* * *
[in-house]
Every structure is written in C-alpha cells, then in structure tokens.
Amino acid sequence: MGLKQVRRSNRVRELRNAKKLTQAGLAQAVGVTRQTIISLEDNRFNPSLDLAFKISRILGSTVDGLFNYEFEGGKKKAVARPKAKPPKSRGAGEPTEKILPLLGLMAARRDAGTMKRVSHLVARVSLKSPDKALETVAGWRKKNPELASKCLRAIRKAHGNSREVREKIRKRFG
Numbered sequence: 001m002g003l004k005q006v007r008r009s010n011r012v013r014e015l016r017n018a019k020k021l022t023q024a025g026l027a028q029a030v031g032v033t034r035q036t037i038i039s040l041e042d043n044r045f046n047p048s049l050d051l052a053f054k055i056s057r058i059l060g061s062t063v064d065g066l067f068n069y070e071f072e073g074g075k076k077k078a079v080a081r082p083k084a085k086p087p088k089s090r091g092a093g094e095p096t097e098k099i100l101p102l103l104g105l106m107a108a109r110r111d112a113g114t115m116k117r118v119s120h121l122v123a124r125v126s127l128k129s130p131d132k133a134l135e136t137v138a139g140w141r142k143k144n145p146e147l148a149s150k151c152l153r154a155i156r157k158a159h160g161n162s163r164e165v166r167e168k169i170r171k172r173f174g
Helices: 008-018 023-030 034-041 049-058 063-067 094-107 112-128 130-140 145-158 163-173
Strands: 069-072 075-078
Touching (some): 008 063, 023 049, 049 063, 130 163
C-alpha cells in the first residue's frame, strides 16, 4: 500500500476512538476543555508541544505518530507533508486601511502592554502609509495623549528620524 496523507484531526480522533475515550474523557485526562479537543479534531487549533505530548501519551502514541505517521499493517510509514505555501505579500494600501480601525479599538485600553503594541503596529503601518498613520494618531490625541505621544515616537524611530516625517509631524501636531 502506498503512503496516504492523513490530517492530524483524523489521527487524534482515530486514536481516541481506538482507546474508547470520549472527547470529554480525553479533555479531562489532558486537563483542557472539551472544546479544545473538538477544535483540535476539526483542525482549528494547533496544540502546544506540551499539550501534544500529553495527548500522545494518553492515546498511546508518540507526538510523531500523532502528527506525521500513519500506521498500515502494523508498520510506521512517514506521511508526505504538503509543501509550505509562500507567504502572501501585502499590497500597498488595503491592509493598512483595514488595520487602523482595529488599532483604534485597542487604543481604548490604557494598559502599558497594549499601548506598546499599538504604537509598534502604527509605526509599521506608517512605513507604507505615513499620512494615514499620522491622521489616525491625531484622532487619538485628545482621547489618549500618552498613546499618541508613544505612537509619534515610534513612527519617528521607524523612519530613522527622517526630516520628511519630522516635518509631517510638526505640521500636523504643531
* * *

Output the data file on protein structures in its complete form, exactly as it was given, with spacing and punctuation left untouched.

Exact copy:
[in-house]
Every structure is written in C-alpha cells, then in structure tokens.
Amino acid sequence: MGLKQVRRSNRVRELRNAKKLTQAGLAQAVGVTRQTIISLEDNRFNPSLDLAFKISRILGSTVDGLFNYEFEGGKKKAVARPKAKPPKSRGAGEPTEKILPLLGLMAARRDAGTMKRVSHLVARVSLKSPDKALETVAGWRKKNPELASKCLRAIRKAHGNSREVREKIRKRFG
Numbered sequence: 001m002g003l004k005q006v007r008r009s010n011r012v013r014e015l016r017n018a019k020k021l022t023q024a025g026l027a028q029a030v031g032v033t034r035q036t037i038i039s040l041e042d043n044r045f046n047p048s049l050d051l052a053f054k055i056s057r058i059l060g061s062t063v064d065g066l067f068n069y070e071f072e073g074g075k076k077k078a079v080a081r082p083k084a085k086p087p088k089s090r091g092a093g094e095p096t097e098k099i100l101p102l103l104g105l106m107a108a109r110r111d112a113g114t115m116k117r118v119s120h121l122v123a124r125v126s127l128k129s130p131d132k133a134l135e136t137v138a139g140w141r142k143k144n145p146e147l148a149s150k151c152l153r154a155i156r157k158a159h160g161n162s163r164e165v166r167e168k169i170r171k172r173f174g
Helices: 008-018 023-030 034-041 049-058 063-067 094-107 112-128 130-140 145-158 163-173
Strands: 069-072 075-078
Touching (some): 008 063, 023 049, 049 063, 130 163
C-alpha cells in the first residue's frame, strides 16, 4: 500500500476512538476543555508541544505518530507533508486601511502592554502609509495623549528620524 496523507484531526480522533475515550474523557485526562479537543479534531487549533505530548501519551502514541505517521499493517510509514505555501505579500494600501480601525479599538485600553503594541503596529503601518498613520494618531490625541505621544515616537524611530516625517509631524501636531 502506498503512503496516504492523513490530517492530524483524523489521527487524534482515530486514536481516541481506538482507546474508547470520549472527547470529554480525553479533555479531562489532558486537563483542557472539551472544546479544545473538538477544535483540535476539526483542525482549528494547533496544540502546544506540551499539550501534544500529553495527548500522545494518553492515546498511546508518540507526538510523531500523532502528527506525521500513519500506521498500515502494523508498520510506521512517514506521511508526505504538503509543501509550505509562500507567504502572501501585502499590497500597498488595503491592509493598512483595514488595520487602523482595529488599532483604534485597542487604543481604548490604557494598559502599558497594549499601548506598546499599538504604537509598534502604527509605526509599521506608517512605513507604507505615513499620512494615514499620522491622521489616525491625531484622532487619538485628545482621547489618549500618552498613546499618541508613544505612537509619534515610534513612527519617528521607524523612519530613522527622517526630516520628511519630522516635518509631517510638526505640521500636523504643531